Even for Ciaran McCoy, the re­vival of his grand­par­ents’ crum­bling for­mer home was a daunt­ing prospect. But with some clever de­sign, the house has now been trans­formed. Edited by Mary O’Sul­li­van. Pho­tog­ra­phyby Tony Gavin

Sunday Independent (Ireland) - - Life -

Evenings in the hot tub

‘C iaran said, ‘Give me two things you’d like.’ As a joke, I said, ‘a hot tub and bar,’” Enid Beb­bing­ton laughs as she shows off the ex­tra­or­di­nary hot tub she did even­tu­ally get. It’s be­low ground level and its draw­bridge-style lid forms part of the floor of the deck area out­side the kitchen of the home in Dublin 6 she shares with her hus­band, Ciaran McCoy, and their shih tzu, Bones.

The rea­son why the idea of a hot tub and bar was a bit of a joke was that the house was in such a state that sta­ples such as a roof, win­dows and doors — not to men­tion heat­ing and plumb­ing — were miles ahead in the queue for things that needed to be done. When this ge­nial cou­ple took on the house, the roof was open to the el­e­ments, and the orig­i­nal two-storey re­turn was fall­ing away.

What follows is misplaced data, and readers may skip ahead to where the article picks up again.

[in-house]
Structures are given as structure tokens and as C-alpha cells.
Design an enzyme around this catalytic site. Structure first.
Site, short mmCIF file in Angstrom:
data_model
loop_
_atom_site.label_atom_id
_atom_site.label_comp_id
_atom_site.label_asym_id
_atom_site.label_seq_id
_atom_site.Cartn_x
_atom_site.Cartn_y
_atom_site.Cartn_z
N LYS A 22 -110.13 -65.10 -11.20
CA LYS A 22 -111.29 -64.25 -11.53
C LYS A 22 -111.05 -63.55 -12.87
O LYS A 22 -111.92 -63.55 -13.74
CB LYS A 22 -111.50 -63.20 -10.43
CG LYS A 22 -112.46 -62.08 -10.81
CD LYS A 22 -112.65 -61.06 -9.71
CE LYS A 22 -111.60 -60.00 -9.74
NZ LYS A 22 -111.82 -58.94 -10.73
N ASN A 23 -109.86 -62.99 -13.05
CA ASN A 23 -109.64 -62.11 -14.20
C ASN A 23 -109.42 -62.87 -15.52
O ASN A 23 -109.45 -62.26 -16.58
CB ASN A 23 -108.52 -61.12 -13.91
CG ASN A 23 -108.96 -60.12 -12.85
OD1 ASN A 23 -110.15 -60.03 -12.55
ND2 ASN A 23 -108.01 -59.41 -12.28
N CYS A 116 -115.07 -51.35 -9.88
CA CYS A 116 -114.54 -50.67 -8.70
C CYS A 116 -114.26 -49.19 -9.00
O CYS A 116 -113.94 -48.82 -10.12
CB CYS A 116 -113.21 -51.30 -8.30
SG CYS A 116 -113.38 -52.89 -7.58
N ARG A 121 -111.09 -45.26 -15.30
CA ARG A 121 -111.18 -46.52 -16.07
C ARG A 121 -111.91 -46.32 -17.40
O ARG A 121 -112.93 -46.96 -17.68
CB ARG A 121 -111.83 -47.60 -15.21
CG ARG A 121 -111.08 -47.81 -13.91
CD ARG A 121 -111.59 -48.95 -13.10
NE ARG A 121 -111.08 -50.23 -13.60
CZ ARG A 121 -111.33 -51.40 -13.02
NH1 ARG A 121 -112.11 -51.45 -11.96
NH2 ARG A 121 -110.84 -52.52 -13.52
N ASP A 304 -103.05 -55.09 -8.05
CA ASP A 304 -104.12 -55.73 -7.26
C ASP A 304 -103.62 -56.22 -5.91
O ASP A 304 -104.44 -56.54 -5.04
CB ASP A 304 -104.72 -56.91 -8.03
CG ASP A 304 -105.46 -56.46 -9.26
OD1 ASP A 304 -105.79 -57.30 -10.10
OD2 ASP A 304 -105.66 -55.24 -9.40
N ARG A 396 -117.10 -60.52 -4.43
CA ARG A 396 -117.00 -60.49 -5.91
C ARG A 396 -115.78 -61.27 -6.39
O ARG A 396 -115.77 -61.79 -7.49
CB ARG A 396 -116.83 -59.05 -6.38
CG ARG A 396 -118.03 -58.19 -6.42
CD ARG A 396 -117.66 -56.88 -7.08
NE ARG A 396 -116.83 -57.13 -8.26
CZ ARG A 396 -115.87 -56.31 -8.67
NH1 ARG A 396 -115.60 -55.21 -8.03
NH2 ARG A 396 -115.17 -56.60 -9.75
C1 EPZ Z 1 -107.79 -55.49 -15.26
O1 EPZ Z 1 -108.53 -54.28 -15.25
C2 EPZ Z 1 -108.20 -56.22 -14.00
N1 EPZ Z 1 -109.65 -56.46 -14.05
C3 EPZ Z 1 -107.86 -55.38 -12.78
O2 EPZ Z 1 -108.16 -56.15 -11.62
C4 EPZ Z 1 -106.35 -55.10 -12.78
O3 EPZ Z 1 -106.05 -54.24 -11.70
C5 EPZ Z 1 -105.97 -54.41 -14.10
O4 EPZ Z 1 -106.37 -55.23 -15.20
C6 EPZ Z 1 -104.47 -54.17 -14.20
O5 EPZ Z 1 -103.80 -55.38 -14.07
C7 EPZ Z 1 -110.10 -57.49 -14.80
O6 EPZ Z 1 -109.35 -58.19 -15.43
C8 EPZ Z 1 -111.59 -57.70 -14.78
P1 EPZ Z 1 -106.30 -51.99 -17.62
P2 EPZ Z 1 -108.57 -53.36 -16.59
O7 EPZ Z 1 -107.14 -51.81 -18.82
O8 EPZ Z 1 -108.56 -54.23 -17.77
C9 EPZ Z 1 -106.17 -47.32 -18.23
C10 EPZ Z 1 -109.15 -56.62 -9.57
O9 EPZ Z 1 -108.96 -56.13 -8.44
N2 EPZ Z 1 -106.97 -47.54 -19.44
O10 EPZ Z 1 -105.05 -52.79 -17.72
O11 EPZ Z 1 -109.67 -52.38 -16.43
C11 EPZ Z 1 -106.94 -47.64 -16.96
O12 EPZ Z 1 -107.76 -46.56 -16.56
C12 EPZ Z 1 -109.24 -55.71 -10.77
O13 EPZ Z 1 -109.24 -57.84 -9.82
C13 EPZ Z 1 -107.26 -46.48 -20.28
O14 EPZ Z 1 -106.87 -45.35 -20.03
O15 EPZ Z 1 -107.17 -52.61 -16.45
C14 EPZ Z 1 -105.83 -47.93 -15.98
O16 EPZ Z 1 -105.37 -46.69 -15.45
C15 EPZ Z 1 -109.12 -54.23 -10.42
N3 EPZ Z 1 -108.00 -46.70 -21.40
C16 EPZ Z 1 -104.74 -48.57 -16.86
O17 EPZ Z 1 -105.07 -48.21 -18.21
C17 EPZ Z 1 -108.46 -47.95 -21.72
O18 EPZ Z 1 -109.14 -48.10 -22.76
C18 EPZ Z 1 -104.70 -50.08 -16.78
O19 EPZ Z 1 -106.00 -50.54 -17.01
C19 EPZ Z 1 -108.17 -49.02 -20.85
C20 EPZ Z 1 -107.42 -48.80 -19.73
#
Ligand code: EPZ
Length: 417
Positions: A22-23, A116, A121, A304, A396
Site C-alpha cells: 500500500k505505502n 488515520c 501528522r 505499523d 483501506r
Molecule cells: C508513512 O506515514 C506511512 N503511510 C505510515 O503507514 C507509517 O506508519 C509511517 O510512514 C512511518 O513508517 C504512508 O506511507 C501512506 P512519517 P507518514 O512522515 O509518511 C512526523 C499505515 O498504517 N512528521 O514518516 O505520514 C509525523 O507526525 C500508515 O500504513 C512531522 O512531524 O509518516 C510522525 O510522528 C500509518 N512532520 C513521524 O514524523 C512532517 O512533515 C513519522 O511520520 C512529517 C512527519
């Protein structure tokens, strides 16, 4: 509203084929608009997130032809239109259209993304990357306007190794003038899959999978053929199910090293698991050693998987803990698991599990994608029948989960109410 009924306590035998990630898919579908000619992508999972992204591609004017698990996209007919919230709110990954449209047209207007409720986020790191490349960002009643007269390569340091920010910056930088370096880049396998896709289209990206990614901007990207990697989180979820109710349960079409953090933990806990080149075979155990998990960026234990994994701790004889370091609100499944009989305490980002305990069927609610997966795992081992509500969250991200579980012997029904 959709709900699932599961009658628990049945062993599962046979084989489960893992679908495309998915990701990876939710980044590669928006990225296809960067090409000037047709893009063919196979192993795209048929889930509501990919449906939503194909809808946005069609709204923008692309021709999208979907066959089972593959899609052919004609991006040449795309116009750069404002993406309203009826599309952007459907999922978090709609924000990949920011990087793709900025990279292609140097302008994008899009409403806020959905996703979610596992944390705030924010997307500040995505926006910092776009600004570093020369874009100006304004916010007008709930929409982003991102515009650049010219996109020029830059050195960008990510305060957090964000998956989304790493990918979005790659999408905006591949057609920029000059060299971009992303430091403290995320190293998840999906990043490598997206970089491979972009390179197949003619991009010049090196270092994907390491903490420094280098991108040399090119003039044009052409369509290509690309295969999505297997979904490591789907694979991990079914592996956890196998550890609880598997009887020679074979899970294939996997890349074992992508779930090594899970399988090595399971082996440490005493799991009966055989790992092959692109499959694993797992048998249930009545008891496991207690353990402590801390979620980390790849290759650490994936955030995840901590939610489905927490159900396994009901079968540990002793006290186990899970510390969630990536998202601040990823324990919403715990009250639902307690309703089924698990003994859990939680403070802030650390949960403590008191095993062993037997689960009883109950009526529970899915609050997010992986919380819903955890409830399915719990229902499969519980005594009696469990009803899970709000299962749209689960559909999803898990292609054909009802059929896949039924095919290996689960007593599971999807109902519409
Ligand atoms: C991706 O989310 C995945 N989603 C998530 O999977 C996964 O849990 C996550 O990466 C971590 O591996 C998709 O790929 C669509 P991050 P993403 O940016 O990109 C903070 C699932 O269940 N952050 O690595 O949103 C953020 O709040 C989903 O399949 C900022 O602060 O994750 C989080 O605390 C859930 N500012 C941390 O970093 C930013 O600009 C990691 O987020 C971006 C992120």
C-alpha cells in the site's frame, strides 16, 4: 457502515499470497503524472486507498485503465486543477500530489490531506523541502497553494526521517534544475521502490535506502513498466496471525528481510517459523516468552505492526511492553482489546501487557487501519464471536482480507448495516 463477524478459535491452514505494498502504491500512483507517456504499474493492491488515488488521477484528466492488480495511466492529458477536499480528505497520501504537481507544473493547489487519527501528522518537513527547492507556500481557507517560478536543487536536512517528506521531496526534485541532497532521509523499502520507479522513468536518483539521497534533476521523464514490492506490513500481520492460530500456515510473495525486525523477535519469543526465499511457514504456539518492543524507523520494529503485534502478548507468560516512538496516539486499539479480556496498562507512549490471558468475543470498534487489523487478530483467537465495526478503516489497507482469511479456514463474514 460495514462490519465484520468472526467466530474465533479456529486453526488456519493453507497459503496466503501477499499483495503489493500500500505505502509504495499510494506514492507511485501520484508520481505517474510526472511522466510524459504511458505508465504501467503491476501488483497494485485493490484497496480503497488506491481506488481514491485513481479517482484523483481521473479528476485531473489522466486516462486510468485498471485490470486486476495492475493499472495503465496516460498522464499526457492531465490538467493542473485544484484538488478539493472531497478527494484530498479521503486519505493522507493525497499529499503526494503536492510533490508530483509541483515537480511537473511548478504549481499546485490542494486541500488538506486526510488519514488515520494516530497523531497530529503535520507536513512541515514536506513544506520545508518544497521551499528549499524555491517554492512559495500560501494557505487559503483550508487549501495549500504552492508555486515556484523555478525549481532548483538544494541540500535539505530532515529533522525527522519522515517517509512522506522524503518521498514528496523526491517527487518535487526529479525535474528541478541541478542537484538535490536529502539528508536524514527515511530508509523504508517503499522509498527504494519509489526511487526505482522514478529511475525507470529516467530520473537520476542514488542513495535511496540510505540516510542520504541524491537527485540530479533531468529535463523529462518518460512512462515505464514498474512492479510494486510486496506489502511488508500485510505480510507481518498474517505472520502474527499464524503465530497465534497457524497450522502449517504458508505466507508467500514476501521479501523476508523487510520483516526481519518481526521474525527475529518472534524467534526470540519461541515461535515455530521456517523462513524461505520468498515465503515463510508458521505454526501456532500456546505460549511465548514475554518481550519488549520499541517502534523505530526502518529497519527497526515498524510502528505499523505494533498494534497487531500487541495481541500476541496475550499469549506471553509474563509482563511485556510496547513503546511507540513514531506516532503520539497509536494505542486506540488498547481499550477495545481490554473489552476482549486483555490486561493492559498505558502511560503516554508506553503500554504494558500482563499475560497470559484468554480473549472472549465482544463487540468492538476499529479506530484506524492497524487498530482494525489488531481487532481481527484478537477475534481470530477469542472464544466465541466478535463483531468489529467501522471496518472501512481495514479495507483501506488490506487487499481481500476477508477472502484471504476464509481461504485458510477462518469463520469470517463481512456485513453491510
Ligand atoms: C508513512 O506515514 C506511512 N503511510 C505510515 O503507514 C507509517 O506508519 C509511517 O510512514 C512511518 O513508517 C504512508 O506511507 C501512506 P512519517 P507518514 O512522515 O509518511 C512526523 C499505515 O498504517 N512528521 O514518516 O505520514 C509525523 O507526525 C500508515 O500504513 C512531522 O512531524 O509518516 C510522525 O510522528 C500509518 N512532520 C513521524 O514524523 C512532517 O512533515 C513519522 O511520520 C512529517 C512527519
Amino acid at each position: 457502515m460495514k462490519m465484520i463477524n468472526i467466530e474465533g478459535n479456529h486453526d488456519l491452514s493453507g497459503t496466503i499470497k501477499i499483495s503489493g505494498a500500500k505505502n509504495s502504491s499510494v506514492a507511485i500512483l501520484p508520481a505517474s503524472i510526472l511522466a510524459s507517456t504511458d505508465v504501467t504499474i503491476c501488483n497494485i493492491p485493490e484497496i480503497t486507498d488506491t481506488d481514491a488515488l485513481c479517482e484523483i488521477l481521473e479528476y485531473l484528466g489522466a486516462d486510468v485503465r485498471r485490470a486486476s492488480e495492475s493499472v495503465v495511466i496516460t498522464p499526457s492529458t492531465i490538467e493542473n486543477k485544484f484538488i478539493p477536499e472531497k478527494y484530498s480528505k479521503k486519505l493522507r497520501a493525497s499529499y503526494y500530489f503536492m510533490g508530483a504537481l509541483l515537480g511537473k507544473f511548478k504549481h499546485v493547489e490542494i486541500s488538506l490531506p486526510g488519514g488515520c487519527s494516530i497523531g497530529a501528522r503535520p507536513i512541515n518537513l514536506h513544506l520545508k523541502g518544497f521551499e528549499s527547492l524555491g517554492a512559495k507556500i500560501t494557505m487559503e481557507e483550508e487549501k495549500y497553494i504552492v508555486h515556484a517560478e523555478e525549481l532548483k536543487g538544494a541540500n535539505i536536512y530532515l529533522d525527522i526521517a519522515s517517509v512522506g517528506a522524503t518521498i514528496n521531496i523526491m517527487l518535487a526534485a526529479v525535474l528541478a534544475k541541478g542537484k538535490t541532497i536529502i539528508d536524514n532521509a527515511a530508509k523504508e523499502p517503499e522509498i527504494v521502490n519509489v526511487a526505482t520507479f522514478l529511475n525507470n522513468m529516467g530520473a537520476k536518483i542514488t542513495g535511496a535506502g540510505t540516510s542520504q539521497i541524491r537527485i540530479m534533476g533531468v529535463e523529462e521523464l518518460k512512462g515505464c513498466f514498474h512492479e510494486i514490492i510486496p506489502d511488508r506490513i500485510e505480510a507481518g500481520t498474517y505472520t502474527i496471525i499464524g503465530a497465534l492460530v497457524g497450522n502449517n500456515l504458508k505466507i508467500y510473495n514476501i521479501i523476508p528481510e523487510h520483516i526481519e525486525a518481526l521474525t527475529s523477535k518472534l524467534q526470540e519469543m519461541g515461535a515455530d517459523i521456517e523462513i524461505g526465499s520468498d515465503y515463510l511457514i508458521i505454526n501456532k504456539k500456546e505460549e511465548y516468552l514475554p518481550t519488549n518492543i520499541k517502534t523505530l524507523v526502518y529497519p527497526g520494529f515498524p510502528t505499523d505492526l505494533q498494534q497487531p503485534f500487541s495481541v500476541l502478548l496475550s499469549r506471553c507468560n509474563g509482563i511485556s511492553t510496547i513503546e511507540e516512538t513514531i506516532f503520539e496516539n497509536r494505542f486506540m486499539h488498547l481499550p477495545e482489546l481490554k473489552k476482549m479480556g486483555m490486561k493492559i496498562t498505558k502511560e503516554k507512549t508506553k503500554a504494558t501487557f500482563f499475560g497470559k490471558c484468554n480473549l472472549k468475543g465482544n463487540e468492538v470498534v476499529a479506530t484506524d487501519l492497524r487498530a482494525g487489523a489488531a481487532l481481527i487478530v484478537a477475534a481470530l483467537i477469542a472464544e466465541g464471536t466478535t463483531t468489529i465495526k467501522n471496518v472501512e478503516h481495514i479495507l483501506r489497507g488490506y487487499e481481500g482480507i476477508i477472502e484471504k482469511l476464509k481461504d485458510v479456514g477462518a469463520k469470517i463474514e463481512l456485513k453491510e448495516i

How­ever, there was a hint of a gaunt­let be­ing thrown down by Enid to Ciaran — af­ter all, he’s a part­ner in Terenure-based ODKM, which is one of the more edgy ar­chi­tec­tural prac­tices in Dublin, and is very much into mak­ing ar­chi­tec­ture more ac­ces­si­ble to the gen­eral pub­lic.

With that in mind, the firm uses the shop front of their of­fices as a bill­board, with ever-chang­ing doo­dles to at­tract the at­ten­tion of passersby. “Ninety-five per cent of our work is do­mes­tic ad­di­tions. To marry old and new is the hard­est part of con­struc­tion. Add in the fact that it’s some­one’s home, all the emo­tional at­tach­ment, and you feel like a coun­sel­lor at times,” ex­plains Ciaran who, apart from ar­chi­tec­ture, also plays squash for Le­in­ster and paints.